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Senators Hope to Broker Energy Deal

With only two weeks left before the Senate wraps up for recess, lawmakers are hoping to dash toward the finish line with at least having done something about high gasoline prices.

Even though the price of oil has dropped on Wall Street in recent days, that has not translated into lower prices at the pump, and lawmakers are eager to tackle the issue. A procedural vote that will allow the Senate to move toward a bill dealing with oil speculation has been scheduled for Tuesday.

Democratic and GOP leaders have recently been trying to reach some sort of agreement on a market speculation bill spearheaded by Majority Leader Harry Reid (D-Nev.) and other members of the Democratic leadership. Reid argues that Congress must first deal with speculation in the oil markets before introducing alternative measures.

Meanwhile, Majority Whip Dick Durbin (D-Ill.) said he has been in talks with Minority Whip Jon Kyl (R-Ariz.) about the structure of a broader bill dealing with both market speculation and domestic oil exploration. Durbin called for Republicans to offer alternative proposals on speculation and oil drilling that would be voted on in conjunction with the Democratic bills.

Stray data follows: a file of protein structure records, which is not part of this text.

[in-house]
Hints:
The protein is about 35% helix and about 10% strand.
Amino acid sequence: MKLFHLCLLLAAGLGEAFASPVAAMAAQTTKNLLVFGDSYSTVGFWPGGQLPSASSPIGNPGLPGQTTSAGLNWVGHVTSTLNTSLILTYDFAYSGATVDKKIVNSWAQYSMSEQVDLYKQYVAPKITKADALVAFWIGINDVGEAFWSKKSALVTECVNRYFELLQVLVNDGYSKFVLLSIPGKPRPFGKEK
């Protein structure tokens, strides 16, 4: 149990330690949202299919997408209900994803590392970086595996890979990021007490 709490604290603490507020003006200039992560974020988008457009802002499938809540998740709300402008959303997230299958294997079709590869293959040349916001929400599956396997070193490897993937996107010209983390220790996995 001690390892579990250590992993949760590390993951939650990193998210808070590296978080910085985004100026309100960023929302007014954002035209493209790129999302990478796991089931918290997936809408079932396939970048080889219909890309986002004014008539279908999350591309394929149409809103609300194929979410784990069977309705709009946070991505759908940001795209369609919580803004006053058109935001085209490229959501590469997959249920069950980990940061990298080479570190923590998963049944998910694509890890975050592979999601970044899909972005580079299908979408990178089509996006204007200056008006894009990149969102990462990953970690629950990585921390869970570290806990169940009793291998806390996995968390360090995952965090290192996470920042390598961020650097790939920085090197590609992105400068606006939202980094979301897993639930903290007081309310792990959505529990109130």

How a bipartisan group of Senators headed by Sens. Kent Conrad (D-N.D.) and Saxby Chambliss (R-Ga.) fits into the consideration of energy legislation in the coming weeks is unclear, as Conrad noted that nothing is expected to come out of the group until lawmakers return in September.

Durbin also indicated that before the Senate recesses for the summer it must deal with legislation on heating assistance for the needy, a measure that had originally been floated as a part of a second stimulus package. The measure was blocked by Sen. John Cornyn (R-Texas) Thursday morning.

Additionally, a bill to prevent the fall of mortgage giants Fannie Mae and Freddie Mac is also on the horizon. Senate Banking, Housing and Urban Affairs Chairman Chris Dodd (D-Conn.) said he hoped to get language finished to allow a limitless line of credit for the government-sponsored enterprises. The rescue measure is likely to be a part of the larger package aimed at dealing with the subprime mortgage crisis.

Although passage of the housing measure is likely, the bill will still have to endure GOP resistance. Sen. Jim Bunning (R-Ky.) tried to paint a bleak future for the bill last week, announcing that he would do everything possible to prevent its passage.

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